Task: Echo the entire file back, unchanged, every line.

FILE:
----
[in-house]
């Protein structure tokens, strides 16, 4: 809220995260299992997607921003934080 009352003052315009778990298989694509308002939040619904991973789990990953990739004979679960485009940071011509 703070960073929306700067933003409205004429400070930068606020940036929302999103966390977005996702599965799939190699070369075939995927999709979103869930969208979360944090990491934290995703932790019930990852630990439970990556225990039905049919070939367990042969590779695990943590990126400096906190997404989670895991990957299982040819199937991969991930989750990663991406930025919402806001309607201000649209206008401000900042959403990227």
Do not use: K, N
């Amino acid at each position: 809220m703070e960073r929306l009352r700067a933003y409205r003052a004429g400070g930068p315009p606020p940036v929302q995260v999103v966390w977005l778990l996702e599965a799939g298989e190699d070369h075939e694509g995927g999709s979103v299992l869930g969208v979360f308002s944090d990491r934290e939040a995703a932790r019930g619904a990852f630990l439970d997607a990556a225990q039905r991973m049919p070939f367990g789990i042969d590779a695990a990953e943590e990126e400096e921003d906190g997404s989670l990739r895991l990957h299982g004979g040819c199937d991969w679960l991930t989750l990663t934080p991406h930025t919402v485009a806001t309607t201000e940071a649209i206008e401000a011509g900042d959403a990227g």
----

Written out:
[in-house]
């Protein structure tokens, strides 16, 4: 809220995260299992997607921003934080 009352003052315009778990298989694509308002939040619904991973789990990953990739004979679960485009940071011509 703070960073929306700067933003409205004429400070930068606020940036929302999103966390977005996702599965799939190699070369075939995927999709979103869930969208979360944090990491934290995703932790019930990852630990439970990556225990039905049919070939367990042969590779695990943590990126400096906190997404989670895991990957299982040819199937991969991930989750990663991406930025919402806001309607201000649209206008401000900042959403990227």
Do not use: K, N
């Amino acid at each position: 809220m703070e960073r929306l009352r700067a933003y409205r003052a004429g400070g930068p315009p606020p940036v929302q995260v999103v966390w977005l778990l996702e599965a799939g298989e190699d070369h075939e694509g995927g999709s979103v299992l869930g969208v979360f308002s944090d990491r934290e939040a995703a932790r019930g619904a990852f630990l439970d997607a990556a225990q039905r991973m049919p070939f367990g789990i042969d590779a695990a990953e943590e990126e400096e921003d906190g997404s989670l990739r895991l990957h299982g004979g040819c199937d991969w679960l991930t989750l990663t934080p991406h930025t919402v485009a806001t309607t201000e940071a649209i206008e401000a011509g900042d959403a990227g």